Jawaharlal Nehru

Memories of Panditji

Raja Ramanathan
Raja Ramanathan

Raja Ramanathan was born in Independent India, in Calcutta. He has spent the last sixty years or so growing up in different parts of the world, Singapore, England, India, the Middle East, and, in the last twenty years, Canada.

Much before I was born in 1950, Pandit Jawaharlal Nehru was my father’s political hero. Once when, as a child, I referred to him as Nehru, Dad corrected me, and said that I should refer to him respectfully as Panditji.

That has stayed with me. I think a lot of my father’s reverence for Panditji came from the fact my father had a close association with Dr. Annie Besant, and one of Panditji’s early tutors, Ferdinand Brooks, was a Theosophist.

I do not know if all my family members had the same regard for Panditji. However, my mother has often related this story to me, perhaps more because it shines the light on her eldest child.

Panditji was an extremely good-looking man. Sometime in 1946, when my family lived in Calcutta, Panditji was visiting Calcutta. We had a Bihari cook at home, whose one ambition in life was to see Panditji. So, he took the day off and travelled by tram to wherever Panditji was speaking in Calcutta. It is difficult to capture in words how much of a hero Panditji was in his heyday. The crowds he could gather were uber phenomenal ... and people would wait hours to hear him speak.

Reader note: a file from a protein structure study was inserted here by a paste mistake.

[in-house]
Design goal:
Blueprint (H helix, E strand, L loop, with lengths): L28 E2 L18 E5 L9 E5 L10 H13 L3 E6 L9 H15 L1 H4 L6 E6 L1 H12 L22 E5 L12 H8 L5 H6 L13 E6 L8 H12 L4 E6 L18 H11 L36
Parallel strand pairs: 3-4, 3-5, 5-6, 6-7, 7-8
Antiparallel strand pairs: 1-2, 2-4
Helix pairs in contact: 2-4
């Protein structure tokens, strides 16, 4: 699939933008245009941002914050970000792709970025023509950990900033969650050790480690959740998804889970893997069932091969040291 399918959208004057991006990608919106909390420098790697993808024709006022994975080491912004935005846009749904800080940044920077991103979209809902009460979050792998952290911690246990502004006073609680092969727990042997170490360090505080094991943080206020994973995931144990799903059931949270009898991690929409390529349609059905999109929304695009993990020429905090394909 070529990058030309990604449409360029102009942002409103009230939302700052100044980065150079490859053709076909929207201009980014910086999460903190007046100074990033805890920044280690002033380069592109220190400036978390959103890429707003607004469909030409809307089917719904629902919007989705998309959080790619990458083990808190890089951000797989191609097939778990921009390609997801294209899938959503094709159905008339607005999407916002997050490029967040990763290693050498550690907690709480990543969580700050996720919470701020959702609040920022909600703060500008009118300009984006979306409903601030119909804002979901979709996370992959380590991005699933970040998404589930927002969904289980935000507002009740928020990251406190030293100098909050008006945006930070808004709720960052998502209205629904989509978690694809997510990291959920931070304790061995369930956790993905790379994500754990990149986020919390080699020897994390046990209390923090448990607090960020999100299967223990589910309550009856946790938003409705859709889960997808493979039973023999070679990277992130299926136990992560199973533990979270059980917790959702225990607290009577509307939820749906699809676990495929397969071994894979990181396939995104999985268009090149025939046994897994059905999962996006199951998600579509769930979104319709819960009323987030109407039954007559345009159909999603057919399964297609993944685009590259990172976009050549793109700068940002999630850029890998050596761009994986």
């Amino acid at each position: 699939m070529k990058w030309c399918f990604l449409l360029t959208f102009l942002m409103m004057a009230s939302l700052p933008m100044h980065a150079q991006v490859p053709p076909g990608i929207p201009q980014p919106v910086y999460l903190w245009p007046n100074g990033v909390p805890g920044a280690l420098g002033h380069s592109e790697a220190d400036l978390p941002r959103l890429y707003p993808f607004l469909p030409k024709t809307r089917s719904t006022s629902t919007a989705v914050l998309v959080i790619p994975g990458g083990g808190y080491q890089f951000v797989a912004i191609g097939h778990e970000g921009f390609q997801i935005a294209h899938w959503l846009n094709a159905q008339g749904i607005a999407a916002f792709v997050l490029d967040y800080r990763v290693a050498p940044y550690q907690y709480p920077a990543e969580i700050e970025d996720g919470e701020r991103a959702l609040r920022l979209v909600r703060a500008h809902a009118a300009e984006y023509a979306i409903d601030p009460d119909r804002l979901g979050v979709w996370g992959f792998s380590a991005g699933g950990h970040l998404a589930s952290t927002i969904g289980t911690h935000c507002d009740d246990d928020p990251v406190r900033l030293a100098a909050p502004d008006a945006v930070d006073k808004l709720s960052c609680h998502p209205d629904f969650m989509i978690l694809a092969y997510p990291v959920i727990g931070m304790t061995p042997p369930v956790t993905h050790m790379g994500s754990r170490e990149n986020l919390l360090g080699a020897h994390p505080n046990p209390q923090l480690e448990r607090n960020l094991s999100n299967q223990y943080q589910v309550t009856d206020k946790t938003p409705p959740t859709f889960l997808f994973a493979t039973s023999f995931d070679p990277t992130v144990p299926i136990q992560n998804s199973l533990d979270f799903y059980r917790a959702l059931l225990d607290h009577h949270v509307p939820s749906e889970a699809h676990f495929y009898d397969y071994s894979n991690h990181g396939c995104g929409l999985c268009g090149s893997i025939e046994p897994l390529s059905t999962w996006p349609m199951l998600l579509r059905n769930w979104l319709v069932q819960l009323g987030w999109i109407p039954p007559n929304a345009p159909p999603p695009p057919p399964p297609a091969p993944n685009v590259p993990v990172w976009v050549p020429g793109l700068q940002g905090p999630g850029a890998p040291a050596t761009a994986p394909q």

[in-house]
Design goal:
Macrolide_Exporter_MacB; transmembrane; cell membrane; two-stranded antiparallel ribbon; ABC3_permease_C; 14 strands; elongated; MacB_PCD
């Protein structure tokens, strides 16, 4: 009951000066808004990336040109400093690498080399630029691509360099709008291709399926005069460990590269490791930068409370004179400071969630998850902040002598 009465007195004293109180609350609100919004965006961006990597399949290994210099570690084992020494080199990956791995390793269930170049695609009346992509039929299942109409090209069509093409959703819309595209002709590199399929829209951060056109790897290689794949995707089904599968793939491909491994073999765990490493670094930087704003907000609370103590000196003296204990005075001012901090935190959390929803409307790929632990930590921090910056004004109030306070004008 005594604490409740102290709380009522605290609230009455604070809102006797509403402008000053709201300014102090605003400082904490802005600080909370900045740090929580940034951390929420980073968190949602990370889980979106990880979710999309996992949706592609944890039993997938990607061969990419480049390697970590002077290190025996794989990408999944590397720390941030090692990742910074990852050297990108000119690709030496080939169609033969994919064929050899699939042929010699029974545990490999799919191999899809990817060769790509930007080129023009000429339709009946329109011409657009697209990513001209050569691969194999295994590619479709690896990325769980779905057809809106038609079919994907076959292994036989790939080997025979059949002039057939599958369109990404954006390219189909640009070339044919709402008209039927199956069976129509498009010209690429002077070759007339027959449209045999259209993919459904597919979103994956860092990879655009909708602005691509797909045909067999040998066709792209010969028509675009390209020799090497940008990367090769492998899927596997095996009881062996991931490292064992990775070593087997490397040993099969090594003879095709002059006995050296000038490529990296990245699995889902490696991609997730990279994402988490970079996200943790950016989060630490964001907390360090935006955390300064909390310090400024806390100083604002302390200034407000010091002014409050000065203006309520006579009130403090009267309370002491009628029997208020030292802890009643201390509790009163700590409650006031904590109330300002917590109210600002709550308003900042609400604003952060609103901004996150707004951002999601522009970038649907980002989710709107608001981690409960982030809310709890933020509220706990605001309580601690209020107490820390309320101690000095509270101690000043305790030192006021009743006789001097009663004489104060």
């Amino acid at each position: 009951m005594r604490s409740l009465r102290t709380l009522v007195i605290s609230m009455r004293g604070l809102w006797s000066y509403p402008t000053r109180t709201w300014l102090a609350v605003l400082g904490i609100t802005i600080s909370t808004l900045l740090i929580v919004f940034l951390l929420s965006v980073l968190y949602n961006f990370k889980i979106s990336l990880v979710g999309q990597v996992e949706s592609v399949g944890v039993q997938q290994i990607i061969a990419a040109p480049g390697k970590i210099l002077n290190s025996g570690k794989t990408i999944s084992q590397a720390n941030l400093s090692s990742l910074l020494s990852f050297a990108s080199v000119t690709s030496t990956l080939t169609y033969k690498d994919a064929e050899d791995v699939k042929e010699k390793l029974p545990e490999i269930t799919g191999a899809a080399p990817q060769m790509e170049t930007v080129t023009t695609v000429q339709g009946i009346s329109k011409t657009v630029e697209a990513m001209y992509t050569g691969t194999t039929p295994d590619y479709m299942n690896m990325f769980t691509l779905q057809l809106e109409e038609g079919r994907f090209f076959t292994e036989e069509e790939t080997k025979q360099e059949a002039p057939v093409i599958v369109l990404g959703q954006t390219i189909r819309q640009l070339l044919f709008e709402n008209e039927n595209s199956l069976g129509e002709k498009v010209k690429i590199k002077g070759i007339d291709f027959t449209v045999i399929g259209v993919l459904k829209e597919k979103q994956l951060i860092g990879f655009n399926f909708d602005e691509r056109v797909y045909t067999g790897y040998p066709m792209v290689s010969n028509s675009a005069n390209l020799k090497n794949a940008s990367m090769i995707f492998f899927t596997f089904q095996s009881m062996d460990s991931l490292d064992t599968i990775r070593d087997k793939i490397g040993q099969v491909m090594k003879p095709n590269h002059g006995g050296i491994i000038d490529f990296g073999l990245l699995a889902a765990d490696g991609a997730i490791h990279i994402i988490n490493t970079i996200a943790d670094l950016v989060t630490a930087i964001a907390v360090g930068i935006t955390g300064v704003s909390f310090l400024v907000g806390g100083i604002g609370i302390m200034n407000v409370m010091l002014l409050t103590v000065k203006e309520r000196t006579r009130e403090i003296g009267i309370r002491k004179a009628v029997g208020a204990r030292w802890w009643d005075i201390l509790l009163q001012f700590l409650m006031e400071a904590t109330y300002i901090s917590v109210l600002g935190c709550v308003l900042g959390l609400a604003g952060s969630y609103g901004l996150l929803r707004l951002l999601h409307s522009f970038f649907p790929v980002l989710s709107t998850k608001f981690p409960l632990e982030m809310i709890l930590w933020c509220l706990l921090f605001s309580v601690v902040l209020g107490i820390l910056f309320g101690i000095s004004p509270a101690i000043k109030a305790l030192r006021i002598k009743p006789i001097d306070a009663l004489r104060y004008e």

Remembering Nehruji

Urmila Vaidyanathan
Raja Ramanathan


Urmila Vaidyanathan is a Trustee of Bhaktavatsalam Educational Trust and Academic Director of Brindavan Public Schools, Tamil Nadu. Her qualifications are B.A in Social Sciences, M.A. in Political Science and B.Ed. in English and History. Her interests include reading, music, dance, and travel.

Author's note: My father Sri. O V. Alagesan was a freedom fighter, President, Tamil Nadu Congress Committee, Union Minister and Ambassador at various points of time in his political career. Therefore, he had a close association with Jawaharlal Nehru and Lal Bahadur Shastri. While in jail as a political prisoner, he translated Nehru's Glimpses of World History into Tamil. Hence, this piece of writing contains some of his personal recollections about Panditji.

This happened way back in 1956. The day was February 28, 1956 and it was raining cats and dogs in Delhi. The rain poured and poured\; so did the tears from the eyes of a little eight-year-old girl that I was. Some days or weeks (I don't remember) earlier, I had won the gold medal for Indian Classical Dance (mine was Bharathanatyam\; other Indian dances were also featured) in a show called ‘Little Theatre' organised by Shankar's Weekly, a prominent publication at that time.  I was to perform the same item again (Natanam Aadinar in the ragam Vasantha) on the 28th before Chacha Nehru, who was my hero as he was to thousands of children in India during the1950s.


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